Wednesday, November 02, 2011
DYSFUNCTIONAL FAMILIES AND GARDENS
“Dysfunctional family” is an epithet often thrown around nowadays, masquerading as a diagnosis. The problem: it’s meaningless because all families are dysfunctional in one way or another. A diagnosis without a difference, it’s like accusing someone of breathing.
We perceive our experiences through the prism of our personal metaphors. Some think that human relationships are like a machine in which everything works efficiently without intimacy, the parts being interchangeable. Others think of them as if they were cupboards or a parts department, pigeon-holing members as though they were objects unrelated to one another. Both metaphors in terms of family relationships lead to alienation because there are no intimate connections.
More functional metaphors for a family are an organism or a fabric in which the members are involved with one another or closely woven. As John Dunne wrote in Meditation XVII, “No man is an island entire of itself; every man is a piece of the continent, a part of the main.”
Dysfunctional families pretty much parallel our gardens. When we first moved to Flagstaff 8 years ago, one of the first things I did was to plant a rhododendron and several forsythias largely because I was still enthralled with the beauty of Princeton in the spring, a halcyon experience now 65 years old. A hymn reads, “New occasions teach new duties, time makes ancient good uncouth.” I’d forgotten that.
I enjoyed Latin in school, but not my sons. A year of frustrations and anger was misspent enforcing Latin. I thought they would like what I liked and become what I had in mind. A folly it is to impose our expectations on others contrary to their interests, abilities, and inclinations. Happily, they’ve forgiven me. When they were in their early twenties, I took them out to dinner with my daughter and asked for their forgiveness for all the ill-tempered and stupid things I had done. I would recommend such an event for every parent.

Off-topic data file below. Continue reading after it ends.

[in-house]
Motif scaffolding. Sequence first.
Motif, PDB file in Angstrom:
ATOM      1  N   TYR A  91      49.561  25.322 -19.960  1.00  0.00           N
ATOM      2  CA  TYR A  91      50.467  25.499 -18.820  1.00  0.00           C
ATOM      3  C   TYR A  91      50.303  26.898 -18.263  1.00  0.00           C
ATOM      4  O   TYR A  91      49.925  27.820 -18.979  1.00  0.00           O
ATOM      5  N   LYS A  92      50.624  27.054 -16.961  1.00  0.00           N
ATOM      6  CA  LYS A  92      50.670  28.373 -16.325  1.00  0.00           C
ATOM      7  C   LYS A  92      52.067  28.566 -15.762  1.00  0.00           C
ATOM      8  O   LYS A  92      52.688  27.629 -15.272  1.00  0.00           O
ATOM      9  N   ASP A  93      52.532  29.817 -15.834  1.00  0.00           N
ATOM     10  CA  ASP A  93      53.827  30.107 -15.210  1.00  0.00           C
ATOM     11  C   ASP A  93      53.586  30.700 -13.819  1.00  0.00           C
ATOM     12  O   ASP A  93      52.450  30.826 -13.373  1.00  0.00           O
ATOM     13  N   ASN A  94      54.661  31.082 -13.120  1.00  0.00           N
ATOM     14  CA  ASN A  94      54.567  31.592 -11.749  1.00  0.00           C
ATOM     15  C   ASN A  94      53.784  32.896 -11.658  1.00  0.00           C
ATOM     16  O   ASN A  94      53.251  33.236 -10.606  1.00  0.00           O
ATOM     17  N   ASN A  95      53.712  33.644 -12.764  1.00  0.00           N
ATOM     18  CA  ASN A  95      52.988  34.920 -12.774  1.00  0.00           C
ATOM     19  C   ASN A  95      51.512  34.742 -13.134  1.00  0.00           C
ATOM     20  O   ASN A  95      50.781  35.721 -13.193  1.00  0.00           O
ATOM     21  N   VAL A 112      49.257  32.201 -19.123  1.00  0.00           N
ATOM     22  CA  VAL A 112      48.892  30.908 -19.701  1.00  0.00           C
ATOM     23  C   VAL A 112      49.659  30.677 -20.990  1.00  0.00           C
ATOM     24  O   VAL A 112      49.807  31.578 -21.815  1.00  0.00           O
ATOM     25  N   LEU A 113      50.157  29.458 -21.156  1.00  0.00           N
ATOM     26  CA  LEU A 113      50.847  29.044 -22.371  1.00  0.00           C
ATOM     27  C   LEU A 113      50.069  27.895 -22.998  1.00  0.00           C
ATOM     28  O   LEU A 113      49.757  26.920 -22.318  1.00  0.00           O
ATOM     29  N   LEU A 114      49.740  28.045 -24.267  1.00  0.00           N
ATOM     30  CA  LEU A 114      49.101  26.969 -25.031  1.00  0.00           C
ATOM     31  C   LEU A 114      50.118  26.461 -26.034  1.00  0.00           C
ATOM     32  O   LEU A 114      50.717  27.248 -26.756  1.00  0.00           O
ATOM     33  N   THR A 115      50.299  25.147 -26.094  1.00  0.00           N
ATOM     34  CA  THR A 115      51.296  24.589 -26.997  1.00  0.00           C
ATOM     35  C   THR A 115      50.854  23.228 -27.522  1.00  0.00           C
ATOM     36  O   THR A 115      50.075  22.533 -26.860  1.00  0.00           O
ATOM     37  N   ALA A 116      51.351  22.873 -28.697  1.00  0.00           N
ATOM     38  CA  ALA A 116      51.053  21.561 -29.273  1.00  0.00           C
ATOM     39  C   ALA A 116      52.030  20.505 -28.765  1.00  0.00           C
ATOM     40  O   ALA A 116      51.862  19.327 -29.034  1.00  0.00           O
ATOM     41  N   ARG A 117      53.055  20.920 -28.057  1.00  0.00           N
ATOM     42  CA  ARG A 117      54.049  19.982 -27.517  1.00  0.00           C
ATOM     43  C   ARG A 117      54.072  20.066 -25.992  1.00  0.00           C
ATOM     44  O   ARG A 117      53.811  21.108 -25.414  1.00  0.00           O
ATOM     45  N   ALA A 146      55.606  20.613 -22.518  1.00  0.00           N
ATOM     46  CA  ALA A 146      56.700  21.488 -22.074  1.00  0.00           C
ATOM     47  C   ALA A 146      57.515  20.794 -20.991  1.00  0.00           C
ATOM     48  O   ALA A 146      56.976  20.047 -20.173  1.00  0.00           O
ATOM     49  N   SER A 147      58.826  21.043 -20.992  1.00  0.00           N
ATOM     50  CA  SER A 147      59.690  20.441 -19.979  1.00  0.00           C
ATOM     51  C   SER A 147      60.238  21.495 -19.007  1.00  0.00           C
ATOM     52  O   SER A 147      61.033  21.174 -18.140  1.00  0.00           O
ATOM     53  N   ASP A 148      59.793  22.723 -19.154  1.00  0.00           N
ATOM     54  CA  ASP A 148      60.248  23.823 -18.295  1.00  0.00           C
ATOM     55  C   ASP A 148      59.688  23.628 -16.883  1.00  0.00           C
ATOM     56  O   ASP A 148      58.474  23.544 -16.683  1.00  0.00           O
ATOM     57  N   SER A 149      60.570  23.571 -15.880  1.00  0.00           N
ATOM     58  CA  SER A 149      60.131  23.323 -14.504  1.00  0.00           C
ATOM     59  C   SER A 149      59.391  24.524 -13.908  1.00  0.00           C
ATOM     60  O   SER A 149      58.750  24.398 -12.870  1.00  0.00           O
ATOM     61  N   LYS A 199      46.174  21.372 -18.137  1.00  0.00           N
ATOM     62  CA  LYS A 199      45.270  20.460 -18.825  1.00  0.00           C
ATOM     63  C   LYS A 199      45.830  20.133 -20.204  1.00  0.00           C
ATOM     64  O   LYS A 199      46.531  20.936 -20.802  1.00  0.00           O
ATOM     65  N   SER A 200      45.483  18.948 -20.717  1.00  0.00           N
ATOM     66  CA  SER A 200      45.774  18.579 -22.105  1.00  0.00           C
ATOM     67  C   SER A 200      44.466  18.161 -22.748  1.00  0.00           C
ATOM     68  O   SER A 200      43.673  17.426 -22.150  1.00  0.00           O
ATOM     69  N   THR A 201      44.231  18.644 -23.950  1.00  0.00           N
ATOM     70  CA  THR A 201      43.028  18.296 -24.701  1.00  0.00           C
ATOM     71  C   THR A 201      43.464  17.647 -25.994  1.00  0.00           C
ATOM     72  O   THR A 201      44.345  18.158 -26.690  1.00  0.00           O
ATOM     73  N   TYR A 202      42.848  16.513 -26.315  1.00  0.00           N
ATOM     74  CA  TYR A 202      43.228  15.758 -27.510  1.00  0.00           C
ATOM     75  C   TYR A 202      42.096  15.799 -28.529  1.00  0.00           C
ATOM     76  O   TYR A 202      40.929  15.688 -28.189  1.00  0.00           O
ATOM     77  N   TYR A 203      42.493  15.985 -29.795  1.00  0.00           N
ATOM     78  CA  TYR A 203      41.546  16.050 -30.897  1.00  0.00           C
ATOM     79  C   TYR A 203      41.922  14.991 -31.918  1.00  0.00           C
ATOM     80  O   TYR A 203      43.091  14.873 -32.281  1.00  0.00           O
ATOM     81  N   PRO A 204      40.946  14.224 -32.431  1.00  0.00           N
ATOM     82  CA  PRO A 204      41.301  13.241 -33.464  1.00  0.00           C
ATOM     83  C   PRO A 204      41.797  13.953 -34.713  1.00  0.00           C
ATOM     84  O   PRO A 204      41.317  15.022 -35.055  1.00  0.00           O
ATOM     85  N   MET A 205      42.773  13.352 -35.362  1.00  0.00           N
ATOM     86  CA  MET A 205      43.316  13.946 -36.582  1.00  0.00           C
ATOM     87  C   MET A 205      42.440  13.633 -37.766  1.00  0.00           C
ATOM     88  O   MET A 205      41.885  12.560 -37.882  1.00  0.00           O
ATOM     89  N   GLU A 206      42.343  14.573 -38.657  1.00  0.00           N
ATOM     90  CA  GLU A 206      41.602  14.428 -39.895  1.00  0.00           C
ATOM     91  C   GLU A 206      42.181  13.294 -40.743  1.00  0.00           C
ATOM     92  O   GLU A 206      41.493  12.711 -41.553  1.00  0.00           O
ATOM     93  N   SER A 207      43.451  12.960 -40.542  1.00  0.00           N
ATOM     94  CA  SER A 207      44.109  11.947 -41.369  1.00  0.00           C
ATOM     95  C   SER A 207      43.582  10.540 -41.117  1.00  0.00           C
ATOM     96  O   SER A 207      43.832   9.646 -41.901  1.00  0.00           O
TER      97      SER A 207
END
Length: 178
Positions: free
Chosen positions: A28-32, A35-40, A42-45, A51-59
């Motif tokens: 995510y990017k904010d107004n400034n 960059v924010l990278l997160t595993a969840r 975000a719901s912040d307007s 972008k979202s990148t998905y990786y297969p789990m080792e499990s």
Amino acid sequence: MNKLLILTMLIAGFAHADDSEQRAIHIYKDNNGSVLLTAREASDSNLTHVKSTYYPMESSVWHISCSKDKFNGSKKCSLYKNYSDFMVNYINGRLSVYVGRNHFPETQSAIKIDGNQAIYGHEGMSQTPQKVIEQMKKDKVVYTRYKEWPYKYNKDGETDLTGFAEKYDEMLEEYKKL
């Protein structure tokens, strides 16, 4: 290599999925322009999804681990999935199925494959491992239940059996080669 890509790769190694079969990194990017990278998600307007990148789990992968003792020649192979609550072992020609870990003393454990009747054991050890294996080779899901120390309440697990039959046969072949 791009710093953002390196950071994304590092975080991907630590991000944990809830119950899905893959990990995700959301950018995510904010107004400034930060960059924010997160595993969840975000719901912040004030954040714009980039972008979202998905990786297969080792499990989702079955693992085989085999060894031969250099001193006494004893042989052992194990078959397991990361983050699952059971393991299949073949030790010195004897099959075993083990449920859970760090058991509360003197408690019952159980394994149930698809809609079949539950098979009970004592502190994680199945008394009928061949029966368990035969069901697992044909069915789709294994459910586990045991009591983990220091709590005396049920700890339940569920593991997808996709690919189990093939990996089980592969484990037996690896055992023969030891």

So it is with gardens. Many wonderful plants don’t do well in Flagstaff, but many do. I kept that rhododendron alive for four years as it withered year after year. The forsythia, Shasta daises, blanket flowers, penstemon, and Arizona fescue have prospered beyond my expectations. One sure sign of dysfunction, nay, insanity, is to keep repeating a failure expecting a success. In short, what works are native and adaptive plants.
Our sense of beauty needs to change when we move from one place to another. I was raised in California with orange trees, Meyer lemons, camellias, bougainvillea, avocados, and azaleas. I miss them, but that should not blind me to the beauty of the ponderosa pines, Gambel oaks, sheep fescue, and quaking aspen.
When I moved to Tucson years ago after 8 years in the East and Middle West, I first thought the desert was a waste. After a year, I began to see its beauty, and when I left, I missed its beauty. I still smell creosote bush when it rains. So it is with the High Country. No azaleas, but, ah, the wildflowers.
Also, that maple I planted at the same time as the rhododendron and the forsythias now shades a once beautiful flower bed. The flowers are now pitiful, pathetic, and dysfunctional. I have to transplant them and put in what the arborists call “understory” plants. Gardens evolve just as do families. Those reluctant Latinists are now worthwhile middle-aged men planning their retirements. My daughter now does the Thanksgiving dinner.
Since we’re all dysfunctional, it’s important to look at the whole of the garden and family. Sometimes plants don’t prosper no matter how much care they’re given. No point in blaming the plant or Flagstaff. The big dysfunction is in not accepting one’s dysfunction. As Oliver Cromwell told the Westminster Parliament in 1650, “I beseech you, in the blood of Christ, think it possible you may be mistaken.” The Westminster Parliament didn’t. We should.
Families bond much like a soldier’s “band of brothers” where forgiveness, tolerance, and trust are the sine qua non of survival and prevalence. So, too, is a garden. Not every member is the same. Not only that, they change with time. Gardens, like our families, are organisms constantly evolving into new shapes and forms. So “faith, hope, love abide.” Gardening is an act of all three.
Copyright © Dana Prom Smith 2011
Dana Prom Smith edits GARDENING ETCETERA for the Arizona Daily Sun in which this article appeared on 11/5/2011. His email address is firstname.lastname@example.org.